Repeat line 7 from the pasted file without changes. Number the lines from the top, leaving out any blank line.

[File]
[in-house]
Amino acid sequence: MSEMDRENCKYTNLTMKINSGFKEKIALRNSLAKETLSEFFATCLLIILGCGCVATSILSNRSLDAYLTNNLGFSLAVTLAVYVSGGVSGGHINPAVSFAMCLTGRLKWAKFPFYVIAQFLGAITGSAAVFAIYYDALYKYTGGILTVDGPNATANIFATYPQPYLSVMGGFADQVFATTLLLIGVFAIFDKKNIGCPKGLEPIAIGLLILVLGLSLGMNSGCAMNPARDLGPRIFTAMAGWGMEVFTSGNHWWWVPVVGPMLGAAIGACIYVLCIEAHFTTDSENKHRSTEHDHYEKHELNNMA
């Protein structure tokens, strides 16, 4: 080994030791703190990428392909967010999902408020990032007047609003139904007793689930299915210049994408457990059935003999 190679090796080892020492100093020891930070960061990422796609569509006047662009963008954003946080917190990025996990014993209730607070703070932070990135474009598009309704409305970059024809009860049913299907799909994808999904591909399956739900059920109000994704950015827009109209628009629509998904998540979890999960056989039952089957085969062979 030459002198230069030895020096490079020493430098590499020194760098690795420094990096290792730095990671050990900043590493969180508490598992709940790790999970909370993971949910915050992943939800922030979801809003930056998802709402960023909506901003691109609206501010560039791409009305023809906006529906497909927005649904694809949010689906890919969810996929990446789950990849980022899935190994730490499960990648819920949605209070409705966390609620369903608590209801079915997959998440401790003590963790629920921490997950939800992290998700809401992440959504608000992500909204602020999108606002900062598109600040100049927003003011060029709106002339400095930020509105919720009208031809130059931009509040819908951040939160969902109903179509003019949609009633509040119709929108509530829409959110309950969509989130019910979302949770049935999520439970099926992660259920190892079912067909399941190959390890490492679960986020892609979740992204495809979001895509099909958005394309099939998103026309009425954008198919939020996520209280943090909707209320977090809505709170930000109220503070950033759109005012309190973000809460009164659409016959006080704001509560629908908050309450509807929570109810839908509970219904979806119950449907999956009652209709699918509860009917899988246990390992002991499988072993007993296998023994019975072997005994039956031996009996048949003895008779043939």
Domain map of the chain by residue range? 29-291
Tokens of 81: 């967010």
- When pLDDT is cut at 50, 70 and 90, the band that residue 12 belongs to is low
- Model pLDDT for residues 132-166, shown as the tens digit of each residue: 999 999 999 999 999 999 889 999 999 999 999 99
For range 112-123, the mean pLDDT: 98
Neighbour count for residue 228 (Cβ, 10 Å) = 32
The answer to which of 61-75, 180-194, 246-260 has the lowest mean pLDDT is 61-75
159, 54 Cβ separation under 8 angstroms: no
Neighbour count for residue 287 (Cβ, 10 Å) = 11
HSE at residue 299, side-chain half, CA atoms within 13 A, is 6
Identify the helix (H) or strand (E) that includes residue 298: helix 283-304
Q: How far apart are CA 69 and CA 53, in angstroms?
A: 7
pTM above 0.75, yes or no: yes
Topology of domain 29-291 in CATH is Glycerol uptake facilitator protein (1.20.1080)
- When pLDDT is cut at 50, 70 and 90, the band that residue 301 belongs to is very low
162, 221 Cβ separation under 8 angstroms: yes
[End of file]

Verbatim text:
- Model pLDDT for residues 132-166, shown as the tens digit of each residue: 999 999 999 999 999 999 889 999 999 999 999 99